Pork and Beans
Cassoulet was probably the first French dishes that really hooked me on French cuisine. I was working at Chez Panisse at the time and when the new Zinfandel wine was released, in a style similar to the annual release of Beaujolais nouveau in France, or the garlic festival on Bastille Day (called 14 juillet, in France – if you called it “Bastille Day,” no one would know what you were talking about), the cooks would often make cassoulet. Because I was working and making dessert, I didn’t have time to actually sit down and eat any – because customers don’t really want to hear that their dessert is being held up because the pastry person is sitting down having dinner – I did get to take a spoon and scrape off, and eat, all the crusty, meaty, chewy bits that were stuck to the rims of the pans. Which, of course, are the best parts.
Making cassoulet is definitely a project. I know, because when I put the recipe in My Paris Kitchen, I made it at least a dozen times, testing all kinds of meats and beans, and playing around with cooking times. (And trying to explain – nicely – that once you’ve made cassoulet, that it’s actually better réchauffé, or left to sit overnight, then reheated.)
And if you’re going to make it, you make it in quantity, as it’s not a dish you’ll find in one of those “Cooking for One” or “Dinner in 5!” cookbooks. You need to gather the meats, fry up the sausages, prepare the beans, and cook the whole thing for several hours.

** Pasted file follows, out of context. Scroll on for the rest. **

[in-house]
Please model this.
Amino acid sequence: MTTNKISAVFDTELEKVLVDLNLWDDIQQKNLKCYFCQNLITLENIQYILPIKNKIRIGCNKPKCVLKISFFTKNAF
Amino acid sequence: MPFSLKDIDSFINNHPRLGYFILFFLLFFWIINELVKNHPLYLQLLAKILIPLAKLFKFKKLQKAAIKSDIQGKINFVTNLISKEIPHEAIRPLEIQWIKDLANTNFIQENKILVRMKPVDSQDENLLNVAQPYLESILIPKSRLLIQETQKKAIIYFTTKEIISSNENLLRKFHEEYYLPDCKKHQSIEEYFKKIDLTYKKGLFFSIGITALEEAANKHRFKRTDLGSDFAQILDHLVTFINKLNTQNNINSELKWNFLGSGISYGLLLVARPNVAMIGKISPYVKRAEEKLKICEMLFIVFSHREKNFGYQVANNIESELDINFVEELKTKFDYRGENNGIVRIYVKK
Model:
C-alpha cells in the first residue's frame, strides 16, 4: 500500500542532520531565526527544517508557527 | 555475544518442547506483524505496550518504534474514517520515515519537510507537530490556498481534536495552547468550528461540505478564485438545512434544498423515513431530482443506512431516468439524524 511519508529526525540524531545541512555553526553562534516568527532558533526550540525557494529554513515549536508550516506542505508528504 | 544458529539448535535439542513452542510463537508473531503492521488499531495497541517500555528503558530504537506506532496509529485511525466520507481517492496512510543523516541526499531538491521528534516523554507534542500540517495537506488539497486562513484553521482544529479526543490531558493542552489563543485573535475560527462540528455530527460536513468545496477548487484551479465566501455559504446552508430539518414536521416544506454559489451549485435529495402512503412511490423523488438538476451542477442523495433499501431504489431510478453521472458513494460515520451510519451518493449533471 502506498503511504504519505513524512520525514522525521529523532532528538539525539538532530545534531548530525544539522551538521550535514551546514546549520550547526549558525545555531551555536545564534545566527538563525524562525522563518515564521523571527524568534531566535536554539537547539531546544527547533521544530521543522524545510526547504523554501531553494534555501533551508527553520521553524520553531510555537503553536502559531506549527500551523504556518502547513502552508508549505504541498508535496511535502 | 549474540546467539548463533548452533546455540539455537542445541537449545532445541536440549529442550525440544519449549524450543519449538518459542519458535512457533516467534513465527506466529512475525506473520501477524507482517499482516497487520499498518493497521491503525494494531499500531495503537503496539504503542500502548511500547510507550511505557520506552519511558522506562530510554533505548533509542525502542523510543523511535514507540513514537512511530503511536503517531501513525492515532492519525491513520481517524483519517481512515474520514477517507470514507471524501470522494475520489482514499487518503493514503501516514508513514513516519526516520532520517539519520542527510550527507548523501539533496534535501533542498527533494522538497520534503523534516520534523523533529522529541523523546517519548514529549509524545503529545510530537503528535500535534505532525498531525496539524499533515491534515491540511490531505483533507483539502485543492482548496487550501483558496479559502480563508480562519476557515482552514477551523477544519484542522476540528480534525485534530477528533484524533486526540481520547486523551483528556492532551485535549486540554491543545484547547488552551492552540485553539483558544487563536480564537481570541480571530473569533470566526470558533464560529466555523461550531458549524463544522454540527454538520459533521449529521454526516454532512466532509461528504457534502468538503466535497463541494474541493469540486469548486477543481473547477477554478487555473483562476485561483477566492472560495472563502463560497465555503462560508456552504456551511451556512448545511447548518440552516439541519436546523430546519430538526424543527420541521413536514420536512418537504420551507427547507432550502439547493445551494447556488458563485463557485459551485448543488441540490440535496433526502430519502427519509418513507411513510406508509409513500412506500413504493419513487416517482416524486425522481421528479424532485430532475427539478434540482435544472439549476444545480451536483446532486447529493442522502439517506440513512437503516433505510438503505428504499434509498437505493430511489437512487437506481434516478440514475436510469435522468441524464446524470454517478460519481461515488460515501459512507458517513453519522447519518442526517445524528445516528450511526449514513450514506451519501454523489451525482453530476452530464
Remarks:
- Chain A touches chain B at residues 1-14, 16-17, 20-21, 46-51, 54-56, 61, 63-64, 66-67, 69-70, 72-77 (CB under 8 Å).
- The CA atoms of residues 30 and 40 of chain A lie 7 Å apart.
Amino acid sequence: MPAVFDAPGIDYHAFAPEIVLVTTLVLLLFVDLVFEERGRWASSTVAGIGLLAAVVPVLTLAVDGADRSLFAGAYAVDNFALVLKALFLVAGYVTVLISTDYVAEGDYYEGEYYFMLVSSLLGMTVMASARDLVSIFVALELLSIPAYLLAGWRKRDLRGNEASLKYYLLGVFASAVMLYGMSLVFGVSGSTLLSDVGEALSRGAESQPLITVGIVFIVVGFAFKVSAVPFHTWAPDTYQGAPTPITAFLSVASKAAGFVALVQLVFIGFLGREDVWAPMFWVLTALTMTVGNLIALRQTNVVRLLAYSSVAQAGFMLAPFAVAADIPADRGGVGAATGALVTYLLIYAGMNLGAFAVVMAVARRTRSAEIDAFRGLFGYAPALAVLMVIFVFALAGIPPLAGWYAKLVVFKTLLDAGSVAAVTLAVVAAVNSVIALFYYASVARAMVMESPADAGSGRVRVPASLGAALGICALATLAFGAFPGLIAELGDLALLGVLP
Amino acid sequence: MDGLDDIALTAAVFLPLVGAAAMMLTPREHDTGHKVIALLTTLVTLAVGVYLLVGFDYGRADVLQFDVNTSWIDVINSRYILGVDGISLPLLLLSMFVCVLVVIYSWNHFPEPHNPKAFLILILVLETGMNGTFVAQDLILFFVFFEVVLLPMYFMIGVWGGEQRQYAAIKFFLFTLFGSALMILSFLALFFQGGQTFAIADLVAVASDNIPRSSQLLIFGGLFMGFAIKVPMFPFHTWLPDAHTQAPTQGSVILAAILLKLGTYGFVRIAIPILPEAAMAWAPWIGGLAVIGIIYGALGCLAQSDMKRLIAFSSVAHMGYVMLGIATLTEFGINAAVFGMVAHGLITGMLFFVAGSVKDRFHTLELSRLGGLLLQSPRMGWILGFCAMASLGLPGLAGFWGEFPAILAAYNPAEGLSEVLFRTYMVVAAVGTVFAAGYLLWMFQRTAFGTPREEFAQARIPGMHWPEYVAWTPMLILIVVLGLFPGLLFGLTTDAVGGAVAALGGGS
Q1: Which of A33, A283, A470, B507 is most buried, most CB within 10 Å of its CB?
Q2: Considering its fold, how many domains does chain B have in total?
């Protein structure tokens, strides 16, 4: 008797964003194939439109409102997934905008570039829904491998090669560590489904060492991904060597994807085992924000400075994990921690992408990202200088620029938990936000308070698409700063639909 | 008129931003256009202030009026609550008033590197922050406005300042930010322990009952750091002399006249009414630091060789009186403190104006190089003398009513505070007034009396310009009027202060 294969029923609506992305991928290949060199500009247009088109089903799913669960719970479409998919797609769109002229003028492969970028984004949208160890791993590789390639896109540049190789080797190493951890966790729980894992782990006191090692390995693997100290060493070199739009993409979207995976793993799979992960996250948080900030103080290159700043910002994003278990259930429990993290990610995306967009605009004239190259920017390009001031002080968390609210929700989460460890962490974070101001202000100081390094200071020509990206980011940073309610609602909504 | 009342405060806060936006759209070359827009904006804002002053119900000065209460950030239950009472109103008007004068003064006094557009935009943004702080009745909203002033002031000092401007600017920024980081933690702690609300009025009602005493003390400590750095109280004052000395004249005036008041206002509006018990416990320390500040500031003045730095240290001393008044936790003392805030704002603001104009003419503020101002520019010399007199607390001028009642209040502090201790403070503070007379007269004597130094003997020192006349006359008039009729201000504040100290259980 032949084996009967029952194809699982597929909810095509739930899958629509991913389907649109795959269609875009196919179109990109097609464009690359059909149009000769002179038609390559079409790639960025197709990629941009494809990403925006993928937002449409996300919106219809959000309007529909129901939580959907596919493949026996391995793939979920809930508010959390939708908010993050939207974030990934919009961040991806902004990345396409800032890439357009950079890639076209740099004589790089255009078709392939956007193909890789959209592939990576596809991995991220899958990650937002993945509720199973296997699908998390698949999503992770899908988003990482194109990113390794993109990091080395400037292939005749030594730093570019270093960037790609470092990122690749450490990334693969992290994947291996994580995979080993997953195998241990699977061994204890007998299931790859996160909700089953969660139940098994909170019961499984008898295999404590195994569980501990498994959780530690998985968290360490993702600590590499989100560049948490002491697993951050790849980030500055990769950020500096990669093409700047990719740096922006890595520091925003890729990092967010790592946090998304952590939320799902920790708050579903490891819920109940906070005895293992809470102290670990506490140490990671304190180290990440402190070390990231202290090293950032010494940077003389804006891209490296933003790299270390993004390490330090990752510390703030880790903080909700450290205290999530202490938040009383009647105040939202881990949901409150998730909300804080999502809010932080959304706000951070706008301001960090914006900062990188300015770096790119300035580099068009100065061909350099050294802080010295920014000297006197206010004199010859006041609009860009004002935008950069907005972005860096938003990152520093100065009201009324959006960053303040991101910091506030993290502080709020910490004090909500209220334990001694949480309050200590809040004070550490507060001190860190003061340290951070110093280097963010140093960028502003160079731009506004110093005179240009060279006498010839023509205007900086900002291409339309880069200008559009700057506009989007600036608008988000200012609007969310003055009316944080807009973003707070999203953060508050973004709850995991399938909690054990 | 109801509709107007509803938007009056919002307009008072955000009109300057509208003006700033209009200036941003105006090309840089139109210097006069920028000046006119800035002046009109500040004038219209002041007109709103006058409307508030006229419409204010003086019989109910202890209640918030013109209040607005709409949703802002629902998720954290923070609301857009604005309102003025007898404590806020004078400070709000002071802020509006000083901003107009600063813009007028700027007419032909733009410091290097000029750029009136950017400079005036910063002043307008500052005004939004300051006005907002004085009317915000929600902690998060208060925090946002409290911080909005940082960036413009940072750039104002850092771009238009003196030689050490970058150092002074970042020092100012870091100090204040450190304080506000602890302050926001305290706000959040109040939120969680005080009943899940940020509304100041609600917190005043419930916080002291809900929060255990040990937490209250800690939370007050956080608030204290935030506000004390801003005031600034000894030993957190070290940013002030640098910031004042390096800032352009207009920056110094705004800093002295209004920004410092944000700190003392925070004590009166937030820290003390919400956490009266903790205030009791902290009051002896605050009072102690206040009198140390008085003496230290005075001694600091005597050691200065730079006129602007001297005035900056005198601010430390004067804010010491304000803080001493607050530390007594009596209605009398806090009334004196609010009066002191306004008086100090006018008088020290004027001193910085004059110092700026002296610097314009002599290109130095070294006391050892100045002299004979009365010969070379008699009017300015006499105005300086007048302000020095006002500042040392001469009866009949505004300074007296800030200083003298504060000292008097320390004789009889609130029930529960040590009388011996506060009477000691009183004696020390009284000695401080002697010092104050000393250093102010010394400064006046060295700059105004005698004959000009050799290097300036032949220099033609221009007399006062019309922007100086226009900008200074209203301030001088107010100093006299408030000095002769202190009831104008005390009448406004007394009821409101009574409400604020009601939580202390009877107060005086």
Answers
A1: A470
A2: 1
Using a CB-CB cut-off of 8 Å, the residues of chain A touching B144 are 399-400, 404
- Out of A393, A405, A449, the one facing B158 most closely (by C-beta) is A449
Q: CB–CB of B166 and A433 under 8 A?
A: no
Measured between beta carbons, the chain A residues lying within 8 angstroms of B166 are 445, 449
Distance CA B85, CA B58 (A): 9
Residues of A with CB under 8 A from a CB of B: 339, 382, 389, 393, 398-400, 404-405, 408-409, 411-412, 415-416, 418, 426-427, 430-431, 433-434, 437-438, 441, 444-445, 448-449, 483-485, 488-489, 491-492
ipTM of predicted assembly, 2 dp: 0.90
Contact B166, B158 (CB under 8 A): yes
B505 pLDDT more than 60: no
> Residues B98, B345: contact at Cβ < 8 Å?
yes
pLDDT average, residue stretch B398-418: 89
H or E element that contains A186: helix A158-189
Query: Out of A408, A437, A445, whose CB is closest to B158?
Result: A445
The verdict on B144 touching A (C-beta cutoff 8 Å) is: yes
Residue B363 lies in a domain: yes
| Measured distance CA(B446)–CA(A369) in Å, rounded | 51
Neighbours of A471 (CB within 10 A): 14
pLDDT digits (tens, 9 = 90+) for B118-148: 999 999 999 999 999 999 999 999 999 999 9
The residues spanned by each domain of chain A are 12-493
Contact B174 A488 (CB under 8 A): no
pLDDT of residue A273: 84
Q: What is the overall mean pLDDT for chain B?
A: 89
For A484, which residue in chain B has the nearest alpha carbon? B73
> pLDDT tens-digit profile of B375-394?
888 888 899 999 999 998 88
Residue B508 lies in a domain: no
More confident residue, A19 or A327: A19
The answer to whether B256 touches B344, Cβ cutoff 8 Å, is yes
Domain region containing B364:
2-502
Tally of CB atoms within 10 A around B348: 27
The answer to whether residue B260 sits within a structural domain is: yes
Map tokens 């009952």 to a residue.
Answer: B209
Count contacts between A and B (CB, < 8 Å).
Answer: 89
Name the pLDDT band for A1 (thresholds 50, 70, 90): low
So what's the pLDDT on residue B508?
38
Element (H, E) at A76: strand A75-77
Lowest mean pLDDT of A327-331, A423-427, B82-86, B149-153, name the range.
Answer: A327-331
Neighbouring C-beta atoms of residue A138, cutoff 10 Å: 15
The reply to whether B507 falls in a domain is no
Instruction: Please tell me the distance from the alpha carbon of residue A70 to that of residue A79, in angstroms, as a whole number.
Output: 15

There aren’t too many shortcuts in making cassoulet, save for having the duck confit already made, which is available pretty easily in France. But pork and beans, which one might say is the American cousin of cassoulet (although other cultures have their own versions or meat and beans, too, including fabada from Spain), is an express version of the iconic French dish. One thing that’s pretty important to either dish is the couenne, the thick layer of pork rind that gives the liquid a velvety juiciness. It also does the jell-thing to liquids when cool, that skeevs out some Americans, but delights French people.
Working on a hunch, I thought that Pistachio Aillade might be a nice condiment to go along with the beans I was cooking up. Years ago I was at Au Trou Gascon a highly regarded Gascon restaurant in Paris, and they presented us with a “summer cassoulet,” which come out with a swirl of basil puree streaked over the top. I am sure that many members of the authenticity police would be in a tizzy about that one, but it worked really well at lightening up a rather substantial dish.
But food evolves and I’m not sure die-hard traditionalists would be all that happy to be stuck eating things that people ate a few hundred years ago, or forgoing refrigeration, which one could perhaps argue added a “special flavor” (ie: rank) to certain foods.
In the here and now, I’m content to be able to cook up a pot of pork and beans every so often. I do like to use good-quality dried beans, and I add ham hocks, called jarret de porc or jambonneau (which are sometimes deboned and molded), in France, to the cooking liquid, whose skin imparts that silky quality to the cooking liquid. We get the hocks either fresh, salted, or smoked. The ones I got are already cooked, but no matter; they still benefit from being poached longer in the bean liquid, while at the same time, flavoring the beans.
Related Posts and Recipes
How to cook dried beans (Ruhlman)
Cassoulet beans (Rancho Gordo)